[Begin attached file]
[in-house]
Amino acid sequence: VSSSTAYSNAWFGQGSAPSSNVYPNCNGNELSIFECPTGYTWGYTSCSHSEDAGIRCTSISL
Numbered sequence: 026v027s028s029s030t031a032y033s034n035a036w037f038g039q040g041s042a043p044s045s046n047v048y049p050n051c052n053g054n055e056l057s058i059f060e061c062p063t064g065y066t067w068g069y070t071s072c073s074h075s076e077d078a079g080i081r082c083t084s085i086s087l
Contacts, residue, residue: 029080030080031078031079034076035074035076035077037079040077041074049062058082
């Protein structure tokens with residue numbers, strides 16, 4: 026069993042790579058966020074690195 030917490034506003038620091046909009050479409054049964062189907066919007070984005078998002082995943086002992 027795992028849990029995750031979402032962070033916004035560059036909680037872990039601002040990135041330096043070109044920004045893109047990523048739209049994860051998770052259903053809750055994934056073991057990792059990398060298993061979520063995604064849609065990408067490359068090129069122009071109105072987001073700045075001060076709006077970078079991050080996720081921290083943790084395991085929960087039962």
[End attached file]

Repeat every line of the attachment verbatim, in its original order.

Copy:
[in-house]
Amino acid sequence: VSSSTAYSNAWFGQGSAPSSNVYPNCNGNELSIFECPTGYTWGYTSCSHSEDAGIRCTSISL
Numbered sequence: 026v027s028s029s030t031a032y033s034n035a036w037f038g039q040g041s042a043p044s045s046n047v048y049p050n051c052n053g054n055e056l057s058i059f060e061c062p063t064g065y066t067w068g069y070t071s072c073s074h075s076e077d078a079g080i081r082c083t084s085i086s087l
Contacts, residue, residue: 029080030080031078031079034076035074035076035077037079040077041074049062058082
């Protein structure tokens with residue numbers, strides 16, 4: 026069993042790579058966020074690195 030917490034506003038620091046909009050479409054049964062189907066919007070984005078998002082995943086002992 027795992028849990029995750031979402032962070033916004035560059036909680037872990039601002040990135041330096043070109044920004045893109047990523048739209049994860051998770052259903053809750055994934056073991057990792059990398060298993061979520063995604064849609065990408067490359068090129069122009071109105072987001073700045075001060076709006077970078079991050080996720081921290083943790084395991085929960087039962």